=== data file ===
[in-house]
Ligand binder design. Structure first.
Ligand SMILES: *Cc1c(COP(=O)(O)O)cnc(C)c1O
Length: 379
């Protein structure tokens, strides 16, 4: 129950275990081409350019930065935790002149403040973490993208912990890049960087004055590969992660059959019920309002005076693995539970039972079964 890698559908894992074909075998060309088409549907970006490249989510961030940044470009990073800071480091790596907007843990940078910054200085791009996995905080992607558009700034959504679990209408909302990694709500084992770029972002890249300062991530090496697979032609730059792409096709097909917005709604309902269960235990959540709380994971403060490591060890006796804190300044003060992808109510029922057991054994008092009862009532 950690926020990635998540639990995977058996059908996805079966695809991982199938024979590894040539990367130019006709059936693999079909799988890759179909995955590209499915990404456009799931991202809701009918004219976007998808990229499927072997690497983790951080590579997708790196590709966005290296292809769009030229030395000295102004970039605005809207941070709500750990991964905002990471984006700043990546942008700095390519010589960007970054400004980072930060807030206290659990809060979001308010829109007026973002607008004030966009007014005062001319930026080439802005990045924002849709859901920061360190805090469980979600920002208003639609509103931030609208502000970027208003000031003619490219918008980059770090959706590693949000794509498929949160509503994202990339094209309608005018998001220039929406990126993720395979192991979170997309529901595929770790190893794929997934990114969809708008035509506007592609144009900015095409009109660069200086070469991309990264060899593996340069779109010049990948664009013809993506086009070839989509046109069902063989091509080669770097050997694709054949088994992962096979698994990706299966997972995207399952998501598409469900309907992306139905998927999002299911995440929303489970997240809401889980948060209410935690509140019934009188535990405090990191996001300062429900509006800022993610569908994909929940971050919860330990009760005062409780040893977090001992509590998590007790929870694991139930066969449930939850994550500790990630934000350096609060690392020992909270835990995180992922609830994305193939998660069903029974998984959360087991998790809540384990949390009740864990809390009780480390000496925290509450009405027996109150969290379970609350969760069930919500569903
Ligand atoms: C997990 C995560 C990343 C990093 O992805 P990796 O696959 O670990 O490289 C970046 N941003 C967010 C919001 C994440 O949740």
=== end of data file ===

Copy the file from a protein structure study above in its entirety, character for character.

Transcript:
[in-house]
Ligand binder design. Structure first.
Ligand SMILES: *Cc1c(COP(=O)(O)O)cnc(C)c1O
Length: 379
């Protein structure tokens, strides 16, 4: 129950275990081409350019930065935790002149403040973490993208912990890049960087004055590969992660059959019920309002005076693995539970039972079964 890698559908894992074909075998060309088409549907970006490249989510961030940044470009990073800071480091790596907007843990940078910054200085791009996995905080992607558009700034959504679990209408909302990694709500084992770029972002890249300062991530090496697979032609730059792409096709097909917005709604309902269960235990959540709380994971403060490591060890006796804190300044003060992808109510029922057991054994008092009862009532 950690926020990635998540639990995977058996059908996805079966695809991982199938024979590894040539990367130019006709059936693999079909799988890759179909995955590209499915990404456009799931991202809701009918004219976007998808990229499927072997690497983790951080590579997708790196590709966005290296292809769009030229030395000295102004970039605005809207941070709500750990991964905002990471984006700043990546942008700095390519010589960007970054400004980072930060807030206290659990809060979001308010829109007026973002607008004030966009007014005062001319930026080439802005990045924002849709859901920061360190805090469980979600920002208003639609509103931030609208502000970027208003000031003619490219918008980059770090959706590693949000794509498929949160509503994202990339094209309608005018998001220039929406990126993720395979192991979170997309529901595929770790190893794929997934990114969809708008035509506007592609144009900015095409009109660069200086070469991309990264060899593996340069779109010049990948664009013809993506086009070839989509046109069902063989091509080669770097050997694709054949088994992962096979698994990706299966997972995207399952998501598409469900309907992306139905998927999002299911995440929303489970997240809401889980948060209410935690509140019934009188535990405090990191996001300062429900509006800022993610569908994909929940971050919860330990009760005062409780040893977090001992509590998590007790929870694991139930066969449930939850994550500790990630934000350096609060690392020992909270835990995180992922609830994305193939998660069903029974998984959360087991998790809540384990949390009740864990809390009780480390000496925290509450009405027996109150969290379970609350969760069930919500569903
Ligand atoms: C997990 C995560 C990343 C990093 O992805 P990796 O696959 O670990 O490289 C970046 N941003 C967010 C919001 C994440 O949740």